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Asbestos and social landlords

View profile for Joanne Ellis
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Housing Associations and other social landlords have been in the news in recent years thanks to the large number of asbestos related claims that are being made against them as a result of the handling and disposing of the substance in their properties.

Only last year Anchor, one of the country’s largest care providers which has 30,000+ properties in the UK was fined £10,000 by the Health and Safety Executive as a result of failing in its duties with respect to asbestos. In this particular case Anchor had used a subcontractor to replace a lift in a sheltered housing scheme property and the subcontractor had removed asbestos boards from the lift shaft without taking any steps to try and stop the spread of asbestos fibres as a result. The other two companies involved in the situation were also fined but it was Anchor that received the biggest penalty.

What is asbestos?

Asbestos is something that has been a problem in the UK for many years – it could be found in any building that was constructed before the year 2000, particularly those that were built during the period 1950 – 1990. It was used mostly as a fire proofing and insulation solution so is often found around boilers and pipe insulation, as well as in ceiling tiles and garage roof tiles. It was used frequently in lower cost housing projects as, at the time, there was no knowledge of the dangers that it posed to human health.

Why is asbestos a problem?

Asbestos causes around 5,000 deaths every year in the UK, mostly as a result of Mesothelioma, which is a cancer that affects the lining of the lungs and the lining that surrounds the body’s lower digestive tract. This type of cancer is almost exclusively the result of exposure to asbestos and, unfortunately, by the time it has been diagnosed is usually fatal. Health conditions such as asbestosis and pleural thickening may also result from asbestos exposure and in extreme cases can also be fatal. The problems arise with asbestos when the fibres are breathed in.

How are housing associations/social landlords affected?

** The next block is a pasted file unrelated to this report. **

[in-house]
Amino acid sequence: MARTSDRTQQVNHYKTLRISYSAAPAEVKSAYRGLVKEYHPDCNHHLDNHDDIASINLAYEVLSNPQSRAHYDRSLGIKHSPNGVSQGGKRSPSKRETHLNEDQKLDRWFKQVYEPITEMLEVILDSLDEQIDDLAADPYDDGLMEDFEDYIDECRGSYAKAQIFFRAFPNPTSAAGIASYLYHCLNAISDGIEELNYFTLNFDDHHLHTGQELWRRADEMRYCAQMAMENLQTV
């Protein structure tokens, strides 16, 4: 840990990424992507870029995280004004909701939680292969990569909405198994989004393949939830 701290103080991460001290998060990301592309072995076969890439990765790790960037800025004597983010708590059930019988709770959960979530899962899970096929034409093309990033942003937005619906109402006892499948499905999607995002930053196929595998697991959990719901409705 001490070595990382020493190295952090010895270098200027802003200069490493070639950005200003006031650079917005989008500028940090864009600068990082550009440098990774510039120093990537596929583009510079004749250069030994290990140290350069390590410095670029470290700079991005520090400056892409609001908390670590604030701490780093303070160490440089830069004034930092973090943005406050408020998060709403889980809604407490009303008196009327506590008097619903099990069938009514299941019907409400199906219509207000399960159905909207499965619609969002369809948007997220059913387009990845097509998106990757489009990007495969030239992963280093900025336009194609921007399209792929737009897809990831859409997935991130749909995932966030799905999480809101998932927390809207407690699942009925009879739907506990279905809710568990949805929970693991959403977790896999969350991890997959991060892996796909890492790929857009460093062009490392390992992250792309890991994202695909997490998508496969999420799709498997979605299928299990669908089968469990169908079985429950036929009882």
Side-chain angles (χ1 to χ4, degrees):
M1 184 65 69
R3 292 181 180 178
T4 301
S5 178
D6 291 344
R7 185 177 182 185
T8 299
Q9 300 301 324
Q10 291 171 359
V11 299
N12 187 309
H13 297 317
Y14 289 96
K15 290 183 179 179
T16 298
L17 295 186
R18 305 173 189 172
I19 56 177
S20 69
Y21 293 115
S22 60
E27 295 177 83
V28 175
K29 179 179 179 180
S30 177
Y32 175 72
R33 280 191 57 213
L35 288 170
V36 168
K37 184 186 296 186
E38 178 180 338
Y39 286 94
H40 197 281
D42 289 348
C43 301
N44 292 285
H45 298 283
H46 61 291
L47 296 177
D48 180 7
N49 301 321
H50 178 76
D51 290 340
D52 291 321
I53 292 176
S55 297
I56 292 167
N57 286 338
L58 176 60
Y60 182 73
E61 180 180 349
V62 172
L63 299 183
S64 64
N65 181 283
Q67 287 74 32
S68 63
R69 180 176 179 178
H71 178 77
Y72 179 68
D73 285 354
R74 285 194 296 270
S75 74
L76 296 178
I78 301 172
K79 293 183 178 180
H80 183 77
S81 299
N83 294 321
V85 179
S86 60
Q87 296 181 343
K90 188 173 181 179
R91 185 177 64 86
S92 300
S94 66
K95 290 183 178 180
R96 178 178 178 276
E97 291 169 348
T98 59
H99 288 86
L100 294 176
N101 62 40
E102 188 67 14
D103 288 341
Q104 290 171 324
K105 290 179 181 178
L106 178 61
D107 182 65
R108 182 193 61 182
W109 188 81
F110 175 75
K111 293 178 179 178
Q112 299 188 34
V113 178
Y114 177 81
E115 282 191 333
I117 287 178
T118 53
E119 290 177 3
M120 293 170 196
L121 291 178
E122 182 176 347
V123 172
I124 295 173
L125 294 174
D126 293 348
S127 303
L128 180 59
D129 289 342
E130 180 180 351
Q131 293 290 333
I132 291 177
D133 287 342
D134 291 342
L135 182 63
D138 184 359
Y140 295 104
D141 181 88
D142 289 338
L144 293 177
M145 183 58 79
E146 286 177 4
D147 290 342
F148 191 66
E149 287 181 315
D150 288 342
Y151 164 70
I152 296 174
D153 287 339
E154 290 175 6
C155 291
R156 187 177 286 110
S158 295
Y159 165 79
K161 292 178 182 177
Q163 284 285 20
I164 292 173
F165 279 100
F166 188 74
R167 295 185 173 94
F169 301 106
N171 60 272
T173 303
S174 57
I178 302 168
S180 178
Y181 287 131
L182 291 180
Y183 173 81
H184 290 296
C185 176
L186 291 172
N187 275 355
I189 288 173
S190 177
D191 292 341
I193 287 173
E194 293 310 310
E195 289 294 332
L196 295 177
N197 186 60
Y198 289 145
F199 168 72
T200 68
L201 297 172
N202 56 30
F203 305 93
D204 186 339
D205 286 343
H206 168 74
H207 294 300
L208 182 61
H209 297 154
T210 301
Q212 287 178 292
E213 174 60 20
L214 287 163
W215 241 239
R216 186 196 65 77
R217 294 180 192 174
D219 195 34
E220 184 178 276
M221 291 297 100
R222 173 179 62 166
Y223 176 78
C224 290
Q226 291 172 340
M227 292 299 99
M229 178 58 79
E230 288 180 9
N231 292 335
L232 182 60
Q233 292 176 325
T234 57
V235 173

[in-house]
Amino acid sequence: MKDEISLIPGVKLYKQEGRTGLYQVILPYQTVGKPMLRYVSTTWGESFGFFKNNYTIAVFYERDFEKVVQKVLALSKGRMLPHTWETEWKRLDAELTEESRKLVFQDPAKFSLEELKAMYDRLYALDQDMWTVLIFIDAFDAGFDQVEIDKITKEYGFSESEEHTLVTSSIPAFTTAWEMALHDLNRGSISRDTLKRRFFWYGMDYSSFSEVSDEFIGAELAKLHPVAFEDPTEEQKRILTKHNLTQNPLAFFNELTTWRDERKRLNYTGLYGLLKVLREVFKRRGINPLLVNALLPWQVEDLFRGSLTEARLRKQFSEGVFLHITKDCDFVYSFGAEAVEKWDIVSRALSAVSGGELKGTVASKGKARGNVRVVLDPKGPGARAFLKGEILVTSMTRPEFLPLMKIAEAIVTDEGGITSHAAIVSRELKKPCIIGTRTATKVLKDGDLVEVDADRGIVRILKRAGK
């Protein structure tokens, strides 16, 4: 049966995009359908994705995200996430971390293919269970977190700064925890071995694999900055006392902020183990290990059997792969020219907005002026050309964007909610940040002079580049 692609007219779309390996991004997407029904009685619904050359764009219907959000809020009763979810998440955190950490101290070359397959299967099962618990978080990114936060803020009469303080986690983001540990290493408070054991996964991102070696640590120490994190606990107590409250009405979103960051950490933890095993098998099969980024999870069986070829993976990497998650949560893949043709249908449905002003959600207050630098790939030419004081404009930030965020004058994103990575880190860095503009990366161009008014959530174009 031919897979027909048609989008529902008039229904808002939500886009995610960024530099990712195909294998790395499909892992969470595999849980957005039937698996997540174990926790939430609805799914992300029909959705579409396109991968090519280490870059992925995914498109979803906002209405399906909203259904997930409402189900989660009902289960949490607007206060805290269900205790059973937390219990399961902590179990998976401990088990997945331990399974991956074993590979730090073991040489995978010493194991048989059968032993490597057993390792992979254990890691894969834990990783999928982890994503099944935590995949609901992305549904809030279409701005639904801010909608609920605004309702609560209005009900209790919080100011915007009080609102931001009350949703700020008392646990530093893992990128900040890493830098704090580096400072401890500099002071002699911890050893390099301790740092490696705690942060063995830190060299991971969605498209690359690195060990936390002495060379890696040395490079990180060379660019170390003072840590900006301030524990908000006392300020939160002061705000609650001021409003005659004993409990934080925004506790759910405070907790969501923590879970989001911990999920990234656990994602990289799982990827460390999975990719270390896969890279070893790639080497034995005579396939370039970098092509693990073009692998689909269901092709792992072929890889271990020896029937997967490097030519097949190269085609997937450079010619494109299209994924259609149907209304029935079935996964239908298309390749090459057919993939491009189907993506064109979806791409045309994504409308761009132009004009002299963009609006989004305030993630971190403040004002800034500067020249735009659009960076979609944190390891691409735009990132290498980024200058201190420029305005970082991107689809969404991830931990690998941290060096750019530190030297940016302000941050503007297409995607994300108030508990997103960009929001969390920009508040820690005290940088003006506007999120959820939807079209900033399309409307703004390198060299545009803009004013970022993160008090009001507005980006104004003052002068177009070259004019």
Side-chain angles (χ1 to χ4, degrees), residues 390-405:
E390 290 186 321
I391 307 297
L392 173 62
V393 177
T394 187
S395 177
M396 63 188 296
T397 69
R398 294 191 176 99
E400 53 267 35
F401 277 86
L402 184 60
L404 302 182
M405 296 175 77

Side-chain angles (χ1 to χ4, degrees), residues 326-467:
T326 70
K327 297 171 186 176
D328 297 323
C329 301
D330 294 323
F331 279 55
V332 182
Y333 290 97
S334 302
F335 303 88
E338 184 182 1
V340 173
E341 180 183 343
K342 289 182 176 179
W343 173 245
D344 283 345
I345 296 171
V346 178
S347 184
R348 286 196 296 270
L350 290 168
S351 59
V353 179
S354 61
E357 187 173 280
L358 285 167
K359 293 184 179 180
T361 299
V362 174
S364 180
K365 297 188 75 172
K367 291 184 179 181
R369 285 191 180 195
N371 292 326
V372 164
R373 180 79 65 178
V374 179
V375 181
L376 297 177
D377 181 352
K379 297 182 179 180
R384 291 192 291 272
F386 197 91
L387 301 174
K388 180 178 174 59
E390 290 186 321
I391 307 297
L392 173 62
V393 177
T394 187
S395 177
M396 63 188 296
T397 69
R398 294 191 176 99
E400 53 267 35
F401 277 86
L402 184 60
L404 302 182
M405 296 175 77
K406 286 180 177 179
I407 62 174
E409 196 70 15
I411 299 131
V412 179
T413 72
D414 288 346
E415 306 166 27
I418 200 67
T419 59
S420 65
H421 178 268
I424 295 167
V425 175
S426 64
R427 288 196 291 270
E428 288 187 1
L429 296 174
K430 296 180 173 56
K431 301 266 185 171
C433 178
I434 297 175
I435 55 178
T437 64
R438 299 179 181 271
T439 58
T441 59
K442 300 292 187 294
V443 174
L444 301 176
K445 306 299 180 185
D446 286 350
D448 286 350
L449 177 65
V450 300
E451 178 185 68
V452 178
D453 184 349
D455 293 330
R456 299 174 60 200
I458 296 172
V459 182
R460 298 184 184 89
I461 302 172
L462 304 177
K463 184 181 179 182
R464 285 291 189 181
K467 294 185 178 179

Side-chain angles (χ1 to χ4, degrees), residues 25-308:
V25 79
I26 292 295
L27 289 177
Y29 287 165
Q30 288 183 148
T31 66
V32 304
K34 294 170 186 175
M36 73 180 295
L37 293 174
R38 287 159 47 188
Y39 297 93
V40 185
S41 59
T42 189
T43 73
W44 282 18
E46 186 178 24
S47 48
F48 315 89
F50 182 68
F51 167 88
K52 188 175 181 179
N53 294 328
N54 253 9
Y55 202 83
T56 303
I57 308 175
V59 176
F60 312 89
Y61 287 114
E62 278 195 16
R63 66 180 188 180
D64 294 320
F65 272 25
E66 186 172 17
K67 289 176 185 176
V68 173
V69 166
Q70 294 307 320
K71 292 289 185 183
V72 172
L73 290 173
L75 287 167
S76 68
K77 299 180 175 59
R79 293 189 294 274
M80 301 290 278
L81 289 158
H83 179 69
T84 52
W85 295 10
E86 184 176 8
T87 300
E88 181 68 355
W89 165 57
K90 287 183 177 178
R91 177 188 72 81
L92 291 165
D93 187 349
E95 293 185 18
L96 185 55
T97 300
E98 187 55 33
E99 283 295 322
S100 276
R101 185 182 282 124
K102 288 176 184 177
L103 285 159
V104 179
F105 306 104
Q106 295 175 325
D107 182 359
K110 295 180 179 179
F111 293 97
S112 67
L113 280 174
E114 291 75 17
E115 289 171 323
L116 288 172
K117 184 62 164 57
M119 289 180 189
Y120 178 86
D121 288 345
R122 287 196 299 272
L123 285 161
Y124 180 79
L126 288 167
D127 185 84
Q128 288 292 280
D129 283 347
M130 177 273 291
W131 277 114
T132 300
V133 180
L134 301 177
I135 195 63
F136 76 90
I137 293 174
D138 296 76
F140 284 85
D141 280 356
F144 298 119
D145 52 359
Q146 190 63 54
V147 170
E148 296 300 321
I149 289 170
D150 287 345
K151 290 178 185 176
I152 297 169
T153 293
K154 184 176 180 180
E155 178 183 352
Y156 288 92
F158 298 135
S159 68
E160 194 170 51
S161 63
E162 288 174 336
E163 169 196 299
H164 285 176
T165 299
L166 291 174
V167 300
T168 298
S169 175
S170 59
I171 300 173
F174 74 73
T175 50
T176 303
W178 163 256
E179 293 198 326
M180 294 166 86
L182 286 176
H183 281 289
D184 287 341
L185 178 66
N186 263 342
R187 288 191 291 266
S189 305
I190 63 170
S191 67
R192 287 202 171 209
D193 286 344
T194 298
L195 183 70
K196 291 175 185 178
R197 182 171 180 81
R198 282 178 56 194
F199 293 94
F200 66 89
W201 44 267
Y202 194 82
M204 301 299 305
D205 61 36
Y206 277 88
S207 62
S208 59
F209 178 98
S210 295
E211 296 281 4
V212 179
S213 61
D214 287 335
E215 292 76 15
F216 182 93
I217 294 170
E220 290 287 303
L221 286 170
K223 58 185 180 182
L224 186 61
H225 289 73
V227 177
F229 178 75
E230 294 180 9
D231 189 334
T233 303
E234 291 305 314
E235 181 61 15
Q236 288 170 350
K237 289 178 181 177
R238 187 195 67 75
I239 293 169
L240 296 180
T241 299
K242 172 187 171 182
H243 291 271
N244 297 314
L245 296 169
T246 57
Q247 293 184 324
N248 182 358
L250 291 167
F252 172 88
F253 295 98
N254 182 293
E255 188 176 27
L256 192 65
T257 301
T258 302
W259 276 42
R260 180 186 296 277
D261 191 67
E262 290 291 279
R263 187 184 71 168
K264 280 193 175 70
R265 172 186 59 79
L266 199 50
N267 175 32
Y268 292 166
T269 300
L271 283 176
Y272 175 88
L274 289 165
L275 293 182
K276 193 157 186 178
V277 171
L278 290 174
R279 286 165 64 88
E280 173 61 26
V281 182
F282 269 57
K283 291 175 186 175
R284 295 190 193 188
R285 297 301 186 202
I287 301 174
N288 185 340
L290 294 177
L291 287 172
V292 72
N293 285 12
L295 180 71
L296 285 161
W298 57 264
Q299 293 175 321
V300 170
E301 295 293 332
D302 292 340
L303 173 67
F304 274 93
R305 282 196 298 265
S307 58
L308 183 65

There have unfortunately been numerous cases like that mentioned above involving social landlords. In fact, the Health and Safety Executive was so concerned about the way asbestos was being handled by social landlords that in 2009 it wrote to councils and housing associations stating it had “encountered instances during the refurbishment of social housing properties where inadequate measures had been taken to prevent unsafe work associated with asbestos-containing materials. Workers, and in some cases tenants, may have been exposed to asbestos because of this failure to manage the risk.”

What steps can be taken?

It is when the asbestos is disturbed that it becomes dangerous so during building works tends to be the time of greatest risk. The regulations and requirements surrounding asbestos in housing association properties are complex but social landlords have a responsibility to take reasonable care to prevent personal injury and disease as a result of disturbed asbestos. If not they may be fined by the Health and Safety Executive and, where an injury has been sustained as a result of asbestos exposure, a compensation claim could be made.

If you are being investigated by the HSE, please call our regulatory team for free initial advice.

Comments2

    • Asbestos in social housingStephensons
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    Thank you for your comment, if you would like to discuss your situation with a member of our housing law team please call us on 0175 321 6399 or complete our online enquiry form.